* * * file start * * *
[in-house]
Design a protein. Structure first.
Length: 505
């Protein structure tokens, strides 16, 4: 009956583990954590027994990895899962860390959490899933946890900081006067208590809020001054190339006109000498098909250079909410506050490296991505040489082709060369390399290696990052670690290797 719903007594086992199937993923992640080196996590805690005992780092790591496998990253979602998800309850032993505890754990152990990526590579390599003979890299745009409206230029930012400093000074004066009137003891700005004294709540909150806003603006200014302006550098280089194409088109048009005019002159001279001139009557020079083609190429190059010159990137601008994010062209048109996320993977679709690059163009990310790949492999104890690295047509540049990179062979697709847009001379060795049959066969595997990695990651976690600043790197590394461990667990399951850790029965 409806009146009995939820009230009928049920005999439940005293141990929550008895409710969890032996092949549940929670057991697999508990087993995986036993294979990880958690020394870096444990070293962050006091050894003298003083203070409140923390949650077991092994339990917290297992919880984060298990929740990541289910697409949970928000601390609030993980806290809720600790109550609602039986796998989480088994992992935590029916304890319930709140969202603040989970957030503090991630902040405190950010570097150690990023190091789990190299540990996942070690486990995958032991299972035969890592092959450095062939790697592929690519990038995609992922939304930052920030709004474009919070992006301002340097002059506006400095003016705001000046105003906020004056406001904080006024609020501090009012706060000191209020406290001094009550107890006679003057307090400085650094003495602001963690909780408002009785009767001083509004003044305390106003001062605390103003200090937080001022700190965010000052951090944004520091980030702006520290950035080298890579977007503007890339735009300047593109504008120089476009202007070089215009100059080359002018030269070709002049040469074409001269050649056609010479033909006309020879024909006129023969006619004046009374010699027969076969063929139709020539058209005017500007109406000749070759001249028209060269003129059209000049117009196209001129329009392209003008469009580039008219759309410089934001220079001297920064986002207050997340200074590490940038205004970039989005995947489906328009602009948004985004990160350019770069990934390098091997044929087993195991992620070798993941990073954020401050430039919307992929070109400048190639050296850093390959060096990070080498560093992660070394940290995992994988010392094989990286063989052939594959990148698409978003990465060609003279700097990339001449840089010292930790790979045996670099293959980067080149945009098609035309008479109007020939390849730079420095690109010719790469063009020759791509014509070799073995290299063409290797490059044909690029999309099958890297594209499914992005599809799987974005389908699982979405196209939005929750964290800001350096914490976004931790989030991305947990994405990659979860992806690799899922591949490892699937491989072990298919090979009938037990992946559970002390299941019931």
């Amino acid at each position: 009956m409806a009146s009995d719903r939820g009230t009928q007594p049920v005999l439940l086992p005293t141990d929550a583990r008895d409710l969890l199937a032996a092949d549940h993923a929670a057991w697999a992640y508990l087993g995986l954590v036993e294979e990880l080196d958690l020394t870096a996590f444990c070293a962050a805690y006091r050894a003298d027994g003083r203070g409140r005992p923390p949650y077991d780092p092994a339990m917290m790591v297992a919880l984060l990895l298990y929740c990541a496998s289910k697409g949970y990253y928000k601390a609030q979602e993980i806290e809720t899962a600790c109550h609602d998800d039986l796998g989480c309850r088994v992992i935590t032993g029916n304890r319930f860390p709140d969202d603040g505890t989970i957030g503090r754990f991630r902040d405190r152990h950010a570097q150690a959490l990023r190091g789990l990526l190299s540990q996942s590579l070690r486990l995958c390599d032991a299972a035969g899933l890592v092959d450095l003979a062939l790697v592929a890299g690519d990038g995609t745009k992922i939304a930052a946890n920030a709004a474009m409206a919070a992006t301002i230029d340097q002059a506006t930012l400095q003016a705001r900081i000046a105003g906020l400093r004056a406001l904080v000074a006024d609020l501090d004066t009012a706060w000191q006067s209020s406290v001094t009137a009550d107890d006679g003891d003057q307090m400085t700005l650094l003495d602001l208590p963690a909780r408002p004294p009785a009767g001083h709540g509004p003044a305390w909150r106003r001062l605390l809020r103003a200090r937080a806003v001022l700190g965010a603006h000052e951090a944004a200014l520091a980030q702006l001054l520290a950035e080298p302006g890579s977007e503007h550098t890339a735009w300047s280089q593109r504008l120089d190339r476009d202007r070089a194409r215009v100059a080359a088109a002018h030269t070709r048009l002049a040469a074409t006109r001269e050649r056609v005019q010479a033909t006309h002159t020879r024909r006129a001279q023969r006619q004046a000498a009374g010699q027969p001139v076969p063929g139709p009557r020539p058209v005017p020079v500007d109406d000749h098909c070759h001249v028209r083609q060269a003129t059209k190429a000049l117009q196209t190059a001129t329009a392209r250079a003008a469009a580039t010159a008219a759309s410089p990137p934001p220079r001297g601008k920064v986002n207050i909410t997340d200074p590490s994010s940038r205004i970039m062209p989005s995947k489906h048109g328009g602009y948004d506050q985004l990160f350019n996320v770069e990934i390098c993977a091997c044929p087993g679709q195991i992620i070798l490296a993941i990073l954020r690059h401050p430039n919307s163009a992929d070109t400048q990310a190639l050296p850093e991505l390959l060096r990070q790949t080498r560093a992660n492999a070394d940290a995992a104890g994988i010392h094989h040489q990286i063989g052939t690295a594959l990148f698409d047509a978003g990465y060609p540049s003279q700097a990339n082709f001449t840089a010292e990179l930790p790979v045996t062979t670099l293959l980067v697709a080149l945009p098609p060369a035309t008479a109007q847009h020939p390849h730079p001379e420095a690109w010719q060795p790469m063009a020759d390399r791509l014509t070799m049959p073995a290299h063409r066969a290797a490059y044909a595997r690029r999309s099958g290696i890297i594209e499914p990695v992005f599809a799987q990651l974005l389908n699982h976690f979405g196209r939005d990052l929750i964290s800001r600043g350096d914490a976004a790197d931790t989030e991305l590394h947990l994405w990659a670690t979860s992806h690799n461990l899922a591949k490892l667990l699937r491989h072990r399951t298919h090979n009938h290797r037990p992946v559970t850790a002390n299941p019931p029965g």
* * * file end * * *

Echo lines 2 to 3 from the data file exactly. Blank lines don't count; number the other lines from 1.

Design a protein. Structure first.
Length: 505